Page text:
Much like the Khan Academy videos (but shorter), Brightstorm.com provides lecture-style video clips of science topics being explained at a whiteboard. Science is categorized into: biology, physics, and chemistry. Suitable for high school use.
I would also recommend checking out some clips from Veritasium and comparing them to Brightstorm. How could clips from these two very different providers be used together to support student learning of BIG IDEAS in science?
I can imagine videos such as these being used in instructionally powerful and less powerful ways. I would love to hear how you would (or have) used such lecture-based instructional videos.
Vodpod videos no longer available.
Picturing to Learn is a database of hand-drawn visuals by college science students prompted to explain a science concept to a high school student. These visual creations are a powerful way for revealing student understanding.
The following text is from the Picturing to Learn site:
The Picturing to Learn program was founded on the following core premises:
- drawings made by science students for the purpose of teaching others reveal misconceptions
- those drawings provide teachers with direct feedback on what students are and are not “getting,” to help promote more effective teaching
- the process of creating a drawing to teach others has the potential to deepen students’ understanding of scientific concepts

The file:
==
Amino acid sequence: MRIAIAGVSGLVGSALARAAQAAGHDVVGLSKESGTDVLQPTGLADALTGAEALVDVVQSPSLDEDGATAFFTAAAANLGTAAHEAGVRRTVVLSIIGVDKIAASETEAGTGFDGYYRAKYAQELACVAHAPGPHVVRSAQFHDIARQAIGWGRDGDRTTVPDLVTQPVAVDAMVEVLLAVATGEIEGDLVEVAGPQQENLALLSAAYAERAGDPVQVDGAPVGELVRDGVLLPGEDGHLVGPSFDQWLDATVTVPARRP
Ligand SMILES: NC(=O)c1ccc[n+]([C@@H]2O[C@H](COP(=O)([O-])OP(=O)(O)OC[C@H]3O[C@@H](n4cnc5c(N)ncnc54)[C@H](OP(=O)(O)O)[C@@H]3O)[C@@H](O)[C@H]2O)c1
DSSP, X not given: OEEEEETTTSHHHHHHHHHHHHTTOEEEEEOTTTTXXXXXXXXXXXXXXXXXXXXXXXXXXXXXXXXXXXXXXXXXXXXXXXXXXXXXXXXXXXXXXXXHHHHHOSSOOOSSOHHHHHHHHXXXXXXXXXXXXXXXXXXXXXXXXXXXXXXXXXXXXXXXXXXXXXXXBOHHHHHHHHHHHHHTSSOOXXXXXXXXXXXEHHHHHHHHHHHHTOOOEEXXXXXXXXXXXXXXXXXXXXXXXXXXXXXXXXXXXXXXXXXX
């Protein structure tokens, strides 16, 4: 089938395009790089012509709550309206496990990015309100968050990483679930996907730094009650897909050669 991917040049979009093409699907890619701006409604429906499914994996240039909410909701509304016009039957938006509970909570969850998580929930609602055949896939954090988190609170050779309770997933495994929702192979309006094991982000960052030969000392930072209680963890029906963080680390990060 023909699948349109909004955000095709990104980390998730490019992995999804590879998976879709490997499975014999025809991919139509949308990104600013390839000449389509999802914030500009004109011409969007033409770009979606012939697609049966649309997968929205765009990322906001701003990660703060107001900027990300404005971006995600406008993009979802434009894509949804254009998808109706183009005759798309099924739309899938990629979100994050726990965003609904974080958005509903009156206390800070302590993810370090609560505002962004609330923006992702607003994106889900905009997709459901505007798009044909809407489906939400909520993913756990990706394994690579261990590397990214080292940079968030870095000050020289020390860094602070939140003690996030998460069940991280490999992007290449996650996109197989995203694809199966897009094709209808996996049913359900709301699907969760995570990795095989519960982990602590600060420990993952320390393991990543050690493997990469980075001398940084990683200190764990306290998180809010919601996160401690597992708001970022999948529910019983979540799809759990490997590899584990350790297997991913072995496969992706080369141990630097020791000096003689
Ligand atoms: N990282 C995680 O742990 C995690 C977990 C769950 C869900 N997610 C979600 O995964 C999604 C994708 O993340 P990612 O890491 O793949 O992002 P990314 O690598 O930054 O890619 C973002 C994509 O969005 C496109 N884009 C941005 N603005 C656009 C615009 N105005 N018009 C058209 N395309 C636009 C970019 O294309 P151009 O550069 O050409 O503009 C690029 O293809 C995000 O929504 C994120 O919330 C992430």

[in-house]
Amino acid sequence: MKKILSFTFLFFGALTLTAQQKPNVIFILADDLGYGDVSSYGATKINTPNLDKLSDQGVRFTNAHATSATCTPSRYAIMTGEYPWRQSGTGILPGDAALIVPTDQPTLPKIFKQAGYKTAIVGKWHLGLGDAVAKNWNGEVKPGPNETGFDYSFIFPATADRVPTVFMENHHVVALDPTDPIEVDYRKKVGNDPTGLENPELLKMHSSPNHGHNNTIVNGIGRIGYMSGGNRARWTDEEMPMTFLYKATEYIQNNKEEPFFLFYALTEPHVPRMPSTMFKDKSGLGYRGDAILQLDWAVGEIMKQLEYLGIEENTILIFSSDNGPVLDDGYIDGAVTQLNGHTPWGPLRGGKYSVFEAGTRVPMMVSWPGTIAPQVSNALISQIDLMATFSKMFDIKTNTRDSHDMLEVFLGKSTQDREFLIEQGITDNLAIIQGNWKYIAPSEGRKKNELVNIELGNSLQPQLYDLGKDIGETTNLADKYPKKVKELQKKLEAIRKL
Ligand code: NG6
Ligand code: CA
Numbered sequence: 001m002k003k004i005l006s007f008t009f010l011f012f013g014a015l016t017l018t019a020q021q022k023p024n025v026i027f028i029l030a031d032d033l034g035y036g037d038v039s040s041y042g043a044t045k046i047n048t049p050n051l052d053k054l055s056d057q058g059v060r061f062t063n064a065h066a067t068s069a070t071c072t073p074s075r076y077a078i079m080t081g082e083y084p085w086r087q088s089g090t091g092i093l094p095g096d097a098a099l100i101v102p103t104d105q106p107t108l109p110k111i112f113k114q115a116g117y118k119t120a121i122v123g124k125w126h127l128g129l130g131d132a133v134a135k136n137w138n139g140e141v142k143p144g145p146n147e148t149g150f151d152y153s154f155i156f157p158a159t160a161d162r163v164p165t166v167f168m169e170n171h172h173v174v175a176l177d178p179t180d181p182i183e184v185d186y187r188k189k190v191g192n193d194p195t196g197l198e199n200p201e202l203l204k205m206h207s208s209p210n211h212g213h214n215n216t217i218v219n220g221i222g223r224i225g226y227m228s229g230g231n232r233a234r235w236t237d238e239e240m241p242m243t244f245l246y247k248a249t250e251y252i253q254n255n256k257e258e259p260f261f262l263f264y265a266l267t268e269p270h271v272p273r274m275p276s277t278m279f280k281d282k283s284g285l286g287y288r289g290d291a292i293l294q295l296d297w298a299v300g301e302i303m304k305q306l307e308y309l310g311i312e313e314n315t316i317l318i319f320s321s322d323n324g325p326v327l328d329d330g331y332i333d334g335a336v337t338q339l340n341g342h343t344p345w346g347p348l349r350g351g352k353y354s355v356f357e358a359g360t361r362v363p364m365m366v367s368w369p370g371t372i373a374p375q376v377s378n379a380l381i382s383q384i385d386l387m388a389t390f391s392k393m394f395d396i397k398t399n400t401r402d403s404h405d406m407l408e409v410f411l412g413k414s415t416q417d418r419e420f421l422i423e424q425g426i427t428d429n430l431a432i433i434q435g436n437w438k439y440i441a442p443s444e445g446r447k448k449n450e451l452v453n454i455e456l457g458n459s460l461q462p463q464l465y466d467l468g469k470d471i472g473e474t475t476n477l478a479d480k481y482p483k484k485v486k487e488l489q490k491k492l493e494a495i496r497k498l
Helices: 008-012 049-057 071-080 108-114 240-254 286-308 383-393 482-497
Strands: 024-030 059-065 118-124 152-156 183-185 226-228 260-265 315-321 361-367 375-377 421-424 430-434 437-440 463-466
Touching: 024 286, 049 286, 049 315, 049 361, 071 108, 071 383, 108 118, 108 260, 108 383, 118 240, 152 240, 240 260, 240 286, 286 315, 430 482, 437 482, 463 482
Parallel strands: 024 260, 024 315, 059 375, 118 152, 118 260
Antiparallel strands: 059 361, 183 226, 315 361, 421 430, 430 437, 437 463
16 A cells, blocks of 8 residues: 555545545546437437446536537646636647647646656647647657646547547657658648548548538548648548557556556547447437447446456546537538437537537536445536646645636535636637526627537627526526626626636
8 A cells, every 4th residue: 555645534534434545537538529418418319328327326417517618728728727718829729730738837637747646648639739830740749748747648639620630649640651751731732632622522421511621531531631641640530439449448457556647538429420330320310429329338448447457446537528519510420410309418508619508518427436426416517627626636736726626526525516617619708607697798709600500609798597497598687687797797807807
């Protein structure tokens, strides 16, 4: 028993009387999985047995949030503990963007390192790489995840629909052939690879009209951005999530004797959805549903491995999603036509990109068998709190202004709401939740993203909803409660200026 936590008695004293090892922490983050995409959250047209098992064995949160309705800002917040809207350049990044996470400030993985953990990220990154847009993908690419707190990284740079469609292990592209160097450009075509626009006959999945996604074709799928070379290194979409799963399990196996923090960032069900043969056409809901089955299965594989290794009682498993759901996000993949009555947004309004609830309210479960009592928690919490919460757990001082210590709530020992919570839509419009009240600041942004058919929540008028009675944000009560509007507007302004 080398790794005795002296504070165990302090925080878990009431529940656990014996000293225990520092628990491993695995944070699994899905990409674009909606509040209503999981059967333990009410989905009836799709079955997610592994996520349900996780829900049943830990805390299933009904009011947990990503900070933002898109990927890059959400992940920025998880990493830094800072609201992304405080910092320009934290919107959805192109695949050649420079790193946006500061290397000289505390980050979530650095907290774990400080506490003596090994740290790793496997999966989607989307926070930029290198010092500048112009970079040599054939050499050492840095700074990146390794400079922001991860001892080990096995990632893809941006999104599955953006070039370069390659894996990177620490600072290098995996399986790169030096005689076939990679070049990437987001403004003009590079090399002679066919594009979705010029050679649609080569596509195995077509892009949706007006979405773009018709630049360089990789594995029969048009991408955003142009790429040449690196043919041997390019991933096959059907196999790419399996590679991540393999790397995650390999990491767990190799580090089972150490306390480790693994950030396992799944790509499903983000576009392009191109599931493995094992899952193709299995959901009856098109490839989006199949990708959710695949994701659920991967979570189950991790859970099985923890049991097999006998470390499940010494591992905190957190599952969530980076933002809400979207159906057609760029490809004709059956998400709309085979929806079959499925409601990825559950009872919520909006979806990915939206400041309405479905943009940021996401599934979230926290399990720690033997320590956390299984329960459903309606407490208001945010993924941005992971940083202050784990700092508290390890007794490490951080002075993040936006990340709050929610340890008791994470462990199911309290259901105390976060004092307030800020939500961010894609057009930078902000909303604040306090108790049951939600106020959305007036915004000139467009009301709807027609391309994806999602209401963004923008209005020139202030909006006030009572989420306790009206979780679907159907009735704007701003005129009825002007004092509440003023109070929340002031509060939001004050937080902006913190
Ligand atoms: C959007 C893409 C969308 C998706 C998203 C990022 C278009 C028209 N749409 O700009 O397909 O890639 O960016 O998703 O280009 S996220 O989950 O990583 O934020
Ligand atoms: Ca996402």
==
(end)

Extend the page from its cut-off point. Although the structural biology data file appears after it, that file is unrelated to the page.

You can register for FREE which gives you access to over 3000 examples of student thinking on topics such as Particle in a Box, Brownian Motion, and Cell Generation & Membrane Potential.
The American Association for the Advancement of Science (AAAS) through their initiative Project 2061 have produced a bank of 600 test items that assess science understanding and misconceptions. The items have gone through years of research and development and target the following:
- concepts in Earth/Space, physical science, life science, and nature of science
- students in middle and high school
- scientifically correct ideas as well as misconceptions
In order to access the item bank you need to register by providing an email and password. Once you are logged in you will find a well-organized set of items with loads of student data. Each domain of science contains several topics: for example, in Life Science you will find Cells, Evolution, Human Body Systems, etc. Within the topics the items are organized around key ideas and sub-ideas within the topic.
This is a valuable resource for any science curriculum director, science assessment specialist, science instructional coach, science educator, science professional development provider, etc looking for vetted science assessment items that test more than science minutiae.
HERE is an article from Education Week that describes the AAAS tool.
Webinar on the Brain and Drugs for high school science teachers provided by NIH and NSTA- March 24, 2011 6:30-8 pm EST
Check out information from NSTA here and from NIH here.
Registration is FREE!
Title: Understanding the Brain: What Drugs Can Tell Us
Date: March 24, 2011
Time: 6:30 – 8:00 p.m. Eastern Time
Presenter: Rochelle D. Schwartz-Bloom, Ph.D.
You may also be interested in the NIH curriculum supplement The Brain: Understanding Neurobiology Through the Study of Addiction – available for free upon request.